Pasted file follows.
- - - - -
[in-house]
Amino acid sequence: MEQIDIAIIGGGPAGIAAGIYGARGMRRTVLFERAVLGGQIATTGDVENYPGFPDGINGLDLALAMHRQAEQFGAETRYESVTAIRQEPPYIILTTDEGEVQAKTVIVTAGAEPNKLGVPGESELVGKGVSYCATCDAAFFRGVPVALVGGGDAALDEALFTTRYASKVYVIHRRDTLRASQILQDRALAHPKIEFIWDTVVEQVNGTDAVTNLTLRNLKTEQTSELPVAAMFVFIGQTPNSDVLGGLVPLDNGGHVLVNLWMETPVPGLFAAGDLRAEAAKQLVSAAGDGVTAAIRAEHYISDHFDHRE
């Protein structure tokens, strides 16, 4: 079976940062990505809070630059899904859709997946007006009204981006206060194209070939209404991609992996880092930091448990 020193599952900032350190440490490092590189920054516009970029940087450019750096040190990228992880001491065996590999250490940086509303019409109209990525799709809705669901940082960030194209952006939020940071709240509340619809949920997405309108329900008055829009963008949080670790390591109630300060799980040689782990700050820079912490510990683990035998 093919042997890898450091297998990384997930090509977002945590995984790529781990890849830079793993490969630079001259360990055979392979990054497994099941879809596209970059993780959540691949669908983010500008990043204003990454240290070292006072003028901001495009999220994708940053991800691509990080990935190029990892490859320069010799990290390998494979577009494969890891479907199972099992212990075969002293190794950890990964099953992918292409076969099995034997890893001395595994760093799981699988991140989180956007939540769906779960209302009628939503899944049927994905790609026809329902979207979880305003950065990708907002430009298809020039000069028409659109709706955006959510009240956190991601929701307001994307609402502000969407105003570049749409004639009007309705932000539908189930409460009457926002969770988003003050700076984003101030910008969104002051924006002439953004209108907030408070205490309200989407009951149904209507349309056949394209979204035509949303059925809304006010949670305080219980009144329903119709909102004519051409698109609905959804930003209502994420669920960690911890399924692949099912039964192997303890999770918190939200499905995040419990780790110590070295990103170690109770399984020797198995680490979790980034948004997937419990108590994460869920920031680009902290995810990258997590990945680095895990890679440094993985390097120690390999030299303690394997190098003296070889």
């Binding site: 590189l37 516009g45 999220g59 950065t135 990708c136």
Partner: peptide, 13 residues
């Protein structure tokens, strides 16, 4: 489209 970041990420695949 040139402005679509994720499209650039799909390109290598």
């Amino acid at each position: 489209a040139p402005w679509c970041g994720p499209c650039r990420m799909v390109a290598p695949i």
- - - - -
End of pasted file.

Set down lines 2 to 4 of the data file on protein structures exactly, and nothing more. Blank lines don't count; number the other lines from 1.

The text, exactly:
Amino acid sequence: MEQIDIAIIGGGPAGIAAGIYGARGMRRTVLFERAVLGGQIATTGDVENYPGFPDGINGLDLALAMHRQAEQFGAETRYESVTAIRQEPPYIILTTDEGEVQAKTVIVTAGAEPNKLGVPGESELVGKGVSYCATCDAAFFRGVPVALVGGGDAALDEALFTTRYASKVYVIHRRDTLRASQILQDRALAHPKIEFIWDTVVEQVNGTDAVTNLTLRNLKTEQTSELPVAAMFVFIGQTPNSDVLGGLVPLDNGGHVLVNLWMETPVPGLFAAGDLRAEAAKQLVSAAGDGVTAAIRAEHYISDHFDHRE
């Protein structure tokens, strides 16, 4: 079976940062990505809070630059899904859709997946007006009204981006206060194209070939209404991609992996880092930091448990 020193599952900032350190440490490092590189920054516009970029940087450019750096040190990228992880001491065996590999250490940086509303019409109209990525799709809705669901940082960030194209952006939020940071709240509340619809949920997405309108329900008055829009963008949080670790390591109630300060799980040689782990700050820079912490510990683990035998 093919042997890898450091297998990384997930090509977002945590995984790529781990890849830079793993490969630079001259360990055979392979990054497994099941879809596209970059993780959540691949669908983010500008990043204003990454240290070292006072003028901001495009999220994708940053991800691509990080990935190029990892490859320069010799990290390998494979577009494969890891479907199972099992212990075969002293190794950890990964099953992918292409076969099995034997890893001395595994760093799981699988991140989180956007939540769906779960209302009628939503899944049927994905790609026809329902979207979880305003950065990708907002430009298809020039000069028409659109709706955006959510009240956190991601929701307001994307609402502000969407105003570049749409004639009007309705932000539908189930409460009457926002969770988003003050700076984003101030910008969104002051924006002439953004209108907030408070205490309200989407009951149904209507349309056949394209979204035509949303059925809304006010949670305080219980009144329903119709909102004519051409698109609905959804930003209502994420669920960690911890399924692949099912039964192997303890999770918190939200499905995040419990780790110590070295990103170690109770399984020797198995680490979790980034948004997937419990108590994460869920920031680009902290995810990258997590990945680095895990890679440094993985390097120690390999030299303690394997190098003296070889």
């Binding site: 590189l37 516009g45 999220g59 950065t135 990708c136």